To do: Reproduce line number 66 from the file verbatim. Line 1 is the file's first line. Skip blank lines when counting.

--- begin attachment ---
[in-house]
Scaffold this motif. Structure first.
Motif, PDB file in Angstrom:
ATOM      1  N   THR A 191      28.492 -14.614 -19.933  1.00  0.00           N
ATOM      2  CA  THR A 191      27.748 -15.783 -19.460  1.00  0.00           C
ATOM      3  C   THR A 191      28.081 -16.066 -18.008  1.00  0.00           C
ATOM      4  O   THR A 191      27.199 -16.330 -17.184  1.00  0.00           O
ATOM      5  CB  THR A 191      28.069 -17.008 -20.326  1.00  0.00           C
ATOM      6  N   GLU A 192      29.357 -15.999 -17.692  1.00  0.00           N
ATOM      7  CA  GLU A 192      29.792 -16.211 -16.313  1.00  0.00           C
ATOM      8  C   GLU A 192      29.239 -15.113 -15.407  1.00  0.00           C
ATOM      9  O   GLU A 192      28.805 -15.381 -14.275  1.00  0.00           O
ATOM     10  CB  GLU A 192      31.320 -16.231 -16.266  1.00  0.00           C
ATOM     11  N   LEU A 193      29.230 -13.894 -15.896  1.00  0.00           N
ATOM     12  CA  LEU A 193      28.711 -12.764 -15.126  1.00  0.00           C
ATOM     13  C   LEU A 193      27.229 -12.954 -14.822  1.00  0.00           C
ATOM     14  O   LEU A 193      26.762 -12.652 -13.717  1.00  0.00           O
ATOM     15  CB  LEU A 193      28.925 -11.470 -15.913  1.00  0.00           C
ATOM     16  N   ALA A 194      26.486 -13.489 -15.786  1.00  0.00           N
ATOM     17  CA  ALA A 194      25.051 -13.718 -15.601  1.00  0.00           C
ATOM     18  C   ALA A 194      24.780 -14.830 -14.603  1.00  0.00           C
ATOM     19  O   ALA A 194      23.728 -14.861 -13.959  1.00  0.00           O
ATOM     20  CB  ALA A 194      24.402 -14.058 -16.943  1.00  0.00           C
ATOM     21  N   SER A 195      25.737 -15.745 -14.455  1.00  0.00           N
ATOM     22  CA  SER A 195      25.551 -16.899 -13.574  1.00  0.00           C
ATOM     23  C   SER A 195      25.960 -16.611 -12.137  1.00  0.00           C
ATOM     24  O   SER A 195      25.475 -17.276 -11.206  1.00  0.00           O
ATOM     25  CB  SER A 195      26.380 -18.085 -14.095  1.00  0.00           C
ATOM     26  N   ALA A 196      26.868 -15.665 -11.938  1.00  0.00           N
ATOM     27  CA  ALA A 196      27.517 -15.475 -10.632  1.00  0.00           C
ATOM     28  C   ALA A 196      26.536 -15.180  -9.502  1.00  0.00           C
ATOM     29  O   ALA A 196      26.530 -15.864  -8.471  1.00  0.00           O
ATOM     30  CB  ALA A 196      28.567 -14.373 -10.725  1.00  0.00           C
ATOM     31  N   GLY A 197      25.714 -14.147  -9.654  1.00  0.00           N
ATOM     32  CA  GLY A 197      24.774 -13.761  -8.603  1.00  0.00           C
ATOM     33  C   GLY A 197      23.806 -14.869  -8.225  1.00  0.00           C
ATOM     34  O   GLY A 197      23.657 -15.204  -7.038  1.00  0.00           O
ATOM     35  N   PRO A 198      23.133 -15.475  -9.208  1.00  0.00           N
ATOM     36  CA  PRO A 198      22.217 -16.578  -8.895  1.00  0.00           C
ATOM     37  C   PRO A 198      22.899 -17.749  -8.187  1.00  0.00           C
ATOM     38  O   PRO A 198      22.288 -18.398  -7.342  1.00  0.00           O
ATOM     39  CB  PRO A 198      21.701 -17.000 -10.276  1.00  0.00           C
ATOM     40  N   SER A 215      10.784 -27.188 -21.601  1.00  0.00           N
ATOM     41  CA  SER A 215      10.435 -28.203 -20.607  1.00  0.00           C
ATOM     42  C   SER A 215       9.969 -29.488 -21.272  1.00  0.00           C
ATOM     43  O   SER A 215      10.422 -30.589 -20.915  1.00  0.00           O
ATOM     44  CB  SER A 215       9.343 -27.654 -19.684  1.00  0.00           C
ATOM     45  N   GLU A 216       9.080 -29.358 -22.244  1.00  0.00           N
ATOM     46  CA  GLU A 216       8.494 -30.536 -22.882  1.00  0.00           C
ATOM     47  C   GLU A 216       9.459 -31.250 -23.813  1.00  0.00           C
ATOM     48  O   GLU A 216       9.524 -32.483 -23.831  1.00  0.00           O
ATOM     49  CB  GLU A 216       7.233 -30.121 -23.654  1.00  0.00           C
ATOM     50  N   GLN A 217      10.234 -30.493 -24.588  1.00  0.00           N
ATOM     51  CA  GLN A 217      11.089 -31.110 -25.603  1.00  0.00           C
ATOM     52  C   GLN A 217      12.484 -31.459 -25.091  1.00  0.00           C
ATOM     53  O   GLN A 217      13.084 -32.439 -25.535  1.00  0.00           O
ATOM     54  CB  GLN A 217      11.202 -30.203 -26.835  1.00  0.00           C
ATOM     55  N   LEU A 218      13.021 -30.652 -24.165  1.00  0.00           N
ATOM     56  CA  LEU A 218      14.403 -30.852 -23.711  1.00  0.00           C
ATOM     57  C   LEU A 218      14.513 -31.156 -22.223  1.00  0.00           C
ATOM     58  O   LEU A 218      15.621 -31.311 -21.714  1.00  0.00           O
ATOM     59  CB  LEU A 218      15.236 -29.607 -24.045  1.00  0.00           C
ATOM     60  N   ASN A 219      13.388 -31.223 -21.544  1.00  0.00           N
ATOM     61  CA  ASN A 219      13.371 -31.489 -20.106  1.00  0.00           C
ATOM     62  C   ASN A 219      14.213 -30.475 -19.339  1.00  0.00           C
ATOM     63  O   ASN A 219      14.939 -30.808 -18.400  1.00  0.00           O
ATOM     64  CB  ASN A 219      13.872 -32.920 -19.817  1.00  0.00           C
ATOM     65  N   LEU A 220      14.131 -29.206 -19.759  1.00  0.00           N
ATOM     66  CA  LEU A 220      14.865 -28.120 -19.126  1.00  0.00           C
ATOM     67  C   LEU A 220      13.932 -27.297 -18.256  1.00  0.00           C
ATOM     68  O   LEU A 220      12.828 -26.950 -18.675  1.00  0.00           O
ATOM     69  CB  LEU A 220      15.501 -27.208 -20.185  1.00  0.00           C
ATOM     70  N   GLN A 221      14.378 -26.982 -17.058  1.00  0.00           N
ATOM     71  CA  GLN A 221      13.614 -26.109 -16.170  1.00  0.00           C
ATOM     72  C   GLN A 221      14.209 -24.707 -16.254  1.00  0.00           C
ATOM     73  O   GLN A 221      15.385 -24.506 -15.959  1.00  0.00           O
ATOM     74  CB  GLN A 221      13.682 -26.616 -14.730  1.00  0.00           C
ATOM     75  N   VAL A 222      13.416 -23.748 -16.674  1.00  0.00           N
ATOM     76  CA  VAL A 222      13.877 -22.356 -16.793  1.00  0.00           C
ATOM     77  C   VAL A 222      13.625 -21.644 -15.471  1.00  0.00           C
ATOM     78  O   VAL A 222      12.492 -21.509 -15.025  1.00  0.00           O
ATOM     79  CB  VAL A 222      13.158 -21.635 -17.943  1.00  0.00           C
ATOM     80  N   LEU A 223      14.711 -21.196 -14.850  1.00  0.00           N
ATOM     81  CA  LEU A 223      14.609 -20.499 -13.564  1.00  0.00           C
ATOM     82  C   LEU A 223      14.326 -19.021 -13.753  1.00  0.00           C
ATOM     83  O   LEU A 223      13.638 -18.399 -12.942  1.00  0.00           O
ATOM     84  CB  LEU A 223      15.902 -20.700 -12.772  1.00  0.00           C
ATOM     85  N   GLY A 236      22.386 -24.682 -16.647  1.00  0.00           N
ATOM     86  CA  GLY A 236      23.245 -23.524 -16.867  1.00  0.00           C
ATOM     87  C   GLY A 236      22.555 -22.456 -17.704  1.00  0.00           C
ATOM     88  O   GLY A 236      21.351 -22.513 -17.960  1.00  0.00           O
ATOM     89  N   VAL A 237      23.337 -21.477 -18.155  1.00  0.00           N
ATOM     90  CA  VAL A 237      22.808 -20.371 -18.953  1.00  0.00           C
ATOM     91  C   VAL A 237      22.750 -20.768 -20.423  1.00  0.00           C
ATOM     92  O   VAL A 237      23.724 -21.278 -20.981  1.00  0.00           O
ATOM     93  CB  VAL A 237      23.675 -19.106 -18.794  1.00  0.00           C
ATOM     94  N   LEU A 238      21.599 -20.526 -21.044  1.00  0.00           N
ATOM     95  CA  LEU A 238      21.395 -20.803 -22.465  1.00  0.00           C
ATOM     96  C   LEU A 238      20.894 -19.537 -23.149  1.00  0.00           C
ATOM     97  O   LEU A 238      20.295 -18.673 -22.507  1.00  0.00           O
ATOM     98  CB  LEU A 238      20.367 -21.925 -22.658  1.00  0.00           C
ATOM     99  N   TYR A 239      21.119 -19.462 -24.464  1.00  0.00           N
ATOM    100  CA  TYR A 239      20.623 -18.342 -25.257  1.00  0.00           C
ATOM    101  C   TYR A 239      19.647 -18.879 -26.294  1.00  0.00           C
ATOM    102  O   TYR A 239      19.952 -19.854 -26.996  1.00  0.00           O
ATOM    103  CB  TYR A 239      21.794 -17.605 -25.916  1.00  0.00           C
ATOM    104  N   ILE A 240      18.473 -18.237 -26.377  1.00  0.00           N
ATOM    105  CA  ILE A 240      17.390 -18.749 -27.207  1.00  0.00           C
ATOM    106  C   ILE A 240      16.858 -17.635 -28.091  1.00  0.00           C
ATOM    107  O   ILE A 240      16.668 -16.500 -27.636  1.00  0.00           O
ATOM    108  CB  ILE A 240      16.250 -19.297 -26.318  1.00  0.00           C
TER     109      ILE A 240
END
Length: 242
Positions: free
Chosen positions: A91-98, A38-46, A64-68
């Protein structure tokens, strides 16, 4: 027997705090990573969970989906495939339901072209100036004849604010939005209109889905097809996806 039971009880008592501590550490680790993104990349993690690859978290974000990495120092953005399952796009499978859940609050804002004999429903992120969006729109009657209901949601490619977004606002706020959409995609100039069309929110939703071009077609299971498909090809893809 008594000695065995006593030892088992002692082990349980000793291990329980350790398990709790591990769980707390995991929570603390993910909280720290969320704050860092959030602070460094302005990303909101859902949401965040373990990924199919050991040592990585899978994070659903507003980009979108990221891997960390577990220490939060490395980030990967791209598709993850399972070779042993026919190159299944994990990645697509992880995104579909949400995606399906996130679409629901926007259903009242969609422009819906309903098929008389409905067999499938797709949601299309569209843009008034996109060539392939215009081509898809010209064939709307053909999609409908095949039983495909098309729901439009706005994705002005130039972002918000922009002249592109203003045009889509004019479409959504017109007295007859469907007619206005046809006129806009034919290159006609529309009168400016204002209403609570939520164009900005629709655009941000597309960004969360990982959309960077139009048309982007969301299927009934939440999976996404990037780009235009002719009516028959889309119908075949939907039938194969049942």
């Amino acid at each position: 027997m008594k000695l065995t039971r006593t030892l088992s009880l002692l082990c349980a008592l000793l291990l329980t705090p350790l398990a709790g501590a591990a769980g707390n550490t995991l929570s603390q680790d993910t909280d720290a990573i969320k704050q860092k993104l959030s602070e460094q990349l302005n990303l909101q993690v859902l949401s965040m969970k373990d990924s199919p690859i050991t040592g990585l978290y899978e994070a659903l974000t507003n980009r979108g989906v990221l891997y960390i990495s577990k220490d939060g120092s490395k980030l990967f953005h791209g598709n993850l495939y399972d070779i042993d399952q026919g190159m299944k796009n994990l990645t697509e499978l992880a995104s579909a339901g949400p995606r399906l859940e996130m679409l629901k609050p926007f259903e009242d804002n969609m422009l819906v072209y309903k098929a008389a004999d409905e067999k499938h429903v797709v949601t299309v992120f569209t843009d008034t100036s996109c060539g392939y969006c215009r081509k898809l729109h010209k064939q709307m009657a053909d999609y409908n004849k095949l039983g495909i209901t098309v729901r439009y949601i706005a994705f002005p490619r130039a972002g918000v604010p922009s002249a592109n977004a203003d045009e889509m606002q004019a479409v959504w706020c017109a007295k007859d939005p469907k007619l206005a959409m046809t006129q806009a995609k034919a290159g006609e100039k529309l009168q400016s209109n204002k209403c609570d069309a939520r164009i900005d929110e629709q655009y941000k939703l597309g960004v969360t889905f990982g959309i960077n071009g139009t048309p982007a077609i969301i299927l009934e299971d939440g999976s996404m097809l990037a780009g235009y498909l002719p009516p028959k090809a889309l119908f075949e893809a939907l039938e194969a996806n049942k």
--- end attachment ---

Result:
ATOM     63  O   ASN A 219      14.939 -30.808 -18.400  1.00  0.00           O